Will We Worship Together? And what does that mean?
Passover wasn’t celebrated in the first month,l which was the usual time, because many of the priests were still unclean and unacceptable to serve, and because not everyone in Judah had come to Jerusalem for the festival. So Hezekiah, his officials, and the people agreed to celebrate Passover in the second month.
Most of the people that came from Ephraim, West Manasseh, Issachar, and Zebulun had not made themselves clean, but they ignored God’s Law and ate the Passover lambs anyway. Hezekiah found out what they had done and prayed, “LORD God, these people are unclean according to the laws of holiness. But they are worshiping you, just as their ancestors did. So, please be kind and forgive them.” 20 The LORD answered Hezekiah’s prayer and did not punish them.2 Ch 30:1–4, 18-20 CEV
Before all else, the teacher of peace and master of unity desires that we should not make our prayer individually and alone, as whoever prays by himself prays only for himself.
In Cyprian’s words about the Lord’s Prayer, we find described a call to pray together. Not just physically together, but really together. To pray with one heart and one mind.
It was the reason for Passover being delayed that year so that all could pray together. That those who were unclean, those damaged by sin could deal with it, according to God’s provision. According to how God laid out one could become cleansed of sin.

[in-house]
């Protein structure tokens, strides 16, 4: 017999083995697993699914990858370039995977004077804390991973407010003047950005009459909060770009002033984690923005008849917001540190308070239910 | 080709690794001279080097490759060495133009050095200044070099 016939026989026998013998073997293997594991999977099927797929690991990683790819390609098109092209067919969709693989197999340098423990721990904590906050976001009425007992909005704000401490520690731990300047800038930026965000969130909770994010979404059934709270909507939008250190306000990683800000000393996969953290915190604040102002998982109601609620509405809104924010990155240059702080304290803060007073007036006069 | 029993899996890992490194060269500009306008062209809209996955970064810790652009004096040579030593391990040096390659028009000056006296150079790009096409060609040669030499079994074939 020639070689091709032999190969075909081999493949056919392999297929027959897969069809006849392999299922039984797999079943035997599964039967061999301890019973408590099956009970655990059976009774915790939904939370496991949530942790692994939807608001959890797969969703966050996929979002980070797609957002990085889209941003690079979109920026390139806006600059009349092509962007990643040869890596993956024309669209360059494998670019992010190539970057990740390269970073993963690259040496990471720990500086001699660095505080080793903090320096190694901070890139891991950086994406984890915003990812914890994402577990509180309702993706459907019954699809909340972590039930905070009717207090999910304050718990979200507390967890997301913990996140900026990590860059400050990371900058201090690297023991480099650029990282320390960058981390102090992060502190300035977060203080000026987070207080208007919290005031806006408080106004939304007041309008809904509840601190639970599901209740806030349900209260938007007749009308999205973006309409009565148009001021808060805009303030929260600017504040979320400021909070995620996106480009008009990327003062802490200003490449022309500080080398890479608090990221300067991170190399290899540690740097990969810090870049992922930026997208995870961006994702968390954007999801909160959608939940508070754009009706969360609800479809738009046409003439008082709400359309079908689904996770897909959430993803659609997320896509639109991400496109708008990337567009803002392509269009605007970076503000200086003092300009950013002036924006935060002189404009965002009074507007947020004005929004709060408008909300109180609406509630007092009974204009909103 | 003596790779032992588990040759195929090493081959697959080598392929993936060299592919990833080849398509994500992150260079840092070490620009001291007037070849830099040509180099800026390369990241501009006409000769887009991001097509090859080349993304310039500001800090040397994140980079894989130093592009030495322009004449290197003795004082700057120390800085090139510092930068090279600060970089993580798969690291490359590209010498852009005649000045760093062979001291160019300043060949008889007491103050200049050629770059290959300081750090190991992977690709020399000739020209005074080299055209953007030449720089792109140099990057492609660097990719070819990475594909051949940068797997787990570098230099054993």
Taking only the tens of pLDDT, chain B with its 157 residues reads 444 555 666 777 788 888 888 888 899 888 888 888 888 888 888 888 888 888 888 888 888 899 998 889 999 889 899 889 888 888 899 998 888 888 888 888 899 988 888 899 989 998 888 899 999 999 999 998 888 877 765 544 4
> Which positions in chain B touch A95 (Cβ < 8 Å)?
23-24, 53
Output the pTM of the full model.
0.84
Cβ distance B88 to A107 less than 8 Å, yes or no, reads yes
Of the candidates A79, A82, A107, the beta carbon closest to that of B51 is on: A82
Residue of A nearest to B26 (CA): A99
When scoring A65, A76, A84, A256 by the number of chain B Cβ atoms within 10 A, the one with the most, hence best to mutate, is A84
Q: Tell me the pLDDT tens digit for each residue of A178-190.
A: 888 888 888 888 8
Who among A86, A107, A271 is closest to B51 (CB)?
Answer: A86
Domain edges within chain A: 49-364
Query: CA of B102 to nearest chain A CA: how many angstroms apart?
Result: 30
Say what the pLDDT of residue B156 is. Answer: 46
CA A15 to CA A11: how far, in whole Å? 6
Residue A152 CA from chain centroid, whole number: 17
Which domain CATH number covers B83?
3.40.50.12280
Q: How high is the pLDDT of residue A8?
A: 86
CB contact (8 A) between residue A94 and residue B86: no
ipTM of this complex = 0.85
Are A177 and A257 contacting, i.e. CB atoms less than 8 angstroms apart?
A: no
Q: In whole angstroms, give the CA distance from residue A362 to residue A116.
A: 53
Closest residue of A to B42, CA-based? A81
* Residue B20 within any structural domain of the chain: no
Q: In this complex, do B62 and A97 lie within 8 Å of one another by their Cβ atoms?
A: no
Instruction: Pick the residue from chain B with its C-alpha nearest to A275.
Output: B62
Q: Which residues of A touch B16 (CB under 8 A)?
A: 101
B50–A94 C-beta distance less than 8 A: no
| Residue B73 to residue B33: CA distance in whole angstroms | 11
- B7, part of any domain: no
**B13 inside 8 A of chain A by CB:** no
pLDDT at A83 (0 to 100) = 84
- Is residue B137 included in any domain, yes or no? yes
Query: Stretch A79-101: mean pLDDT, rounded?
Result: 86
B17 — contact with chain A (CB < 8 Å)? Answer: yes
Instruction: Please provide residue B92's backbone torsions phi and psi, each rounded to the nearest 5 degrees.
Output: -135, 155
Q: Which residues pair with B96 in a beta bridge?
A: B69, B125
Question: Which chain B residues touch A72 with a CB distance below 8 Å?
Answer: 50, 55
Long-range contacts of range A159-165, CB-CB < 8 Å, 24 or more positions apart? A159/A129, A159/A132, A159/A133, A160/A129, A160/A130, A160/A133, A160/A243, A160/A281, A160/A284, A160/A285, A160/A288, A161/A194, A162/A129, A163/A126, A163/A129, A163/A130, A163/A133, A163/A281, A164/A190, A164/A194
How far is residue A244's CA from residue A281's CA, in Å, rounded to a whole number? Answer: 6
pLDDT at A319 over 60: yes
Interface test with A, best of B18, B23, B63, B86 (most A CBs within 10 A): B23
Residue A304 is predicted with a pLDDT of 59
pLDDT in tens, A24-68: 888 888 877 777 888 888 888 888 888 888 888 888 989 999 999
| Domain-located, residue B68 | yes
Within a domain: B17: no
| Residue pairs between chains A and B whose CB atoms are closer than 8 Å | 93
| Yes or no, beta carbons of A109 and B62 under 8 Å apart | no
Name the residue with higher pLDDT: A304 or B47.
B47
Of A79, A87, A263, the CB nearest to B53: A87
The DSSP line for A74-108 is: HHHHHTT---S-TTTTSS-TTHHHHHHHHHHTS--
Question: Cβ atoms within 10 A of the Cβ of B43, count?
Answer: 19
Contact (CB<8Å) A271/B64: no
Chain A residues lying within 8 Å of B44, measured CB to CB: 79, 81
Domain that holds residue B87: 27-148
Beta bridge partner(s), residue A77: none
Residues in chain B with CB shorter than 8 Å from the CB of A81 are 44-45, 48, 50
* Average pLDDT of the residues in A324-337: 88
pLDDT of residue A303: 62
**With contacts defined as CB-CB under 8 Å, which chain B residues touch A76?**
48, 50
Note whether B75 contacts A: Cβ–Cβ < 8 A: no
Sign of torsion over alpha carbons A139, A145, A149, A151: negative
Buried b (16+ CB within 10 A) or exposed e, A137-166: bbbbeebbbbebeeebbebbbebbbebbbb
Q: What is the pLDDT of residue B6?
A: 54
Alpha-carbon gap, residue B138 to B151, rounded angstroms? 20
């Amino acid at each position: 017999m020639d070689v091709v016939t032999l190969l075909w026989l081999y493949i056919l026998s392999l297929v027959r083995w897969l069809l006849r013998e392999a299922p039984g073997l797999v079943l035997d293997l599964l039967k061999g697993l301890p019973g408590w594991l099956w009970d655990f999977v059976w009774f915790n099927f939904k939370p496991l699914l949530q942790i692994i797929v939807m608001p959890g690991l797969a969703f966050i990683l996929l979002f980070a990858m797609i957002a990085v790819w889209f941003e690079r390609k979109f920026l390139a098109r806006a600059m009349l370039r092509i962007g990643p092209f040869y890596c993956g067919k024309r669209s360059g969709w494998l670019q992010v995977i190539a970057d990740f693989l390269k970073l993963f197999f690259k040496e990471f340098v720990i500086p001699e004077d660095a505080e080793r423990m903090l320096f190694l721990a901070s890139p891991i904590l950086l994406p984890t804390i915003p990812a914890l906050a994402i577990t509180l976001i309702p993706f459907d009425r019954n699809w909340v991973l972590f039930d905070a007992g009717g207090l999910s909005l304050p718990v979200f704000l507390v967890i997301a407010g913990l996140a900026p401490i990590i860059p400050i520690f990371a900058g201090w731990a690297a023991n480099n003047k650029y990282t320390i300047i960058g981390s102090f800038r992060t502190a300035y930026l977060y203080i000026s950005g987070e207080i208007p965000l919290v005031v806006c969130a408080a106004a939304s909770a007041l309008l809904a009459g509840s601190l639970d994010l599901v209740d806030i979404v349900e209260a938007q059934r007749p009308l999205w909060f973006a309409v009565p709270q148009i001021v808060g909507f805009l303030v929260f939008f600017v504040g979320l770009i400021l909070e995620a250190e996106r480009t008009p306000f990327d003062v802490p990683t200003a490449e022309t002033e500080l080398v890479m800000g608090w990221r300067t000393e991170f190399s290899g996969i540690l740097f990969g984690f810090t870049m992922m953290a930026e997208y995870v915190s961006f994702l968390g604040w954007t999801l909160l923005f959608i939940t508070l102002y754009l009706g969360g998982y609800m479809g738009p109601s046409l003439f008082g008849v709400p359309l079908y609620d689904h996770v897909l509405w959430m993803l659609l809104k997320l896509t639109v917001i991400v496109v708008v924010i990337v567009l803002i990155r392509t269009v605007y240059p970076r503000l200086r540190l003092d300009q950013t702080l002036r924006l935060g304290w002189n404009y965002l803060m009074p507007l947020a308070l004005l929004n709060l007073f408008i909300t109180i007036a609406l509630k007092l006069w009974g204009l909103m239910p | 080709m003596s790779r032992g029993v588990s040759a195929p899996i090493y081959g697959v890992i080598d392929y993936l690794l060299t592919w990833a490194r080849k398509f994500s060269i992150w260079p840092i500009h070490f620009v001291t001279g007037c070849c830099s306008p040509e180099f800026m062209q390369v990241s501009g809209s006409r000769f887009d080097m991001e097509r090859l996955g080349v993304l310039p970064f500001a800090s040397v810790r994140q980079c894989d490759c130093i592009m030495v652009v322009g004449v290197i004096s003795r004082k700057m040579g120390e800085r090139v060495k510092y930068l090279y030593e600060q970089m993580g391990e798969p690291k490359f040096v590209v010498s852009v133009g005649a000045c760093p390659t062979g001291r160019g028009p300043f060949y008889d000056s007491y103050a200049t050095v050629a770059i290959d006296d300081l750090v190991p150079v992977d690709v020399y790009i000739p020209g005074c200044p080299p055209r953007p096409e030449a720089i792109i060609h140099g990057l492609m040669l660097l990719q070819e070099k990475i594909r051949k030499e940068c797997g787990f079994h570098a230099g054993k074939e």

They, as a people, needed to pray together, they needed to worship together, they needed to realize that they lived in the presence of God, who so desperately wanted to care for them.
But they needed to do it together.
I will repeat myself, not just together physically, but together spiritually, emotionally, cognitively.
We need this today as well. Isolation is oppressive, we grow more and more distant apart. We become more protective of what belongs to me and less aware of each other, and each other’s needs. Cyprian describes that well, as he talks about only praying for oneself.
That needs to stop.
We need to be praying for everyone. Everyone in our church, everyone in our community, everyone we don’t feel like praying for.
So as we come together, let us pray that the Lord unite His church and the communities in which it dwells. May the church help the community to learn, not only how to find reconciliation, but how to love.
Tertullian, Cyprian, and Origen, On the Lord’s Prayer, ed. John Behr, trans. Alistair Stewart-Sykes, Popular Patristics Series, Number 29 (Crestwood, NY: St Vladimir’s Seminary Press, 2004), 69.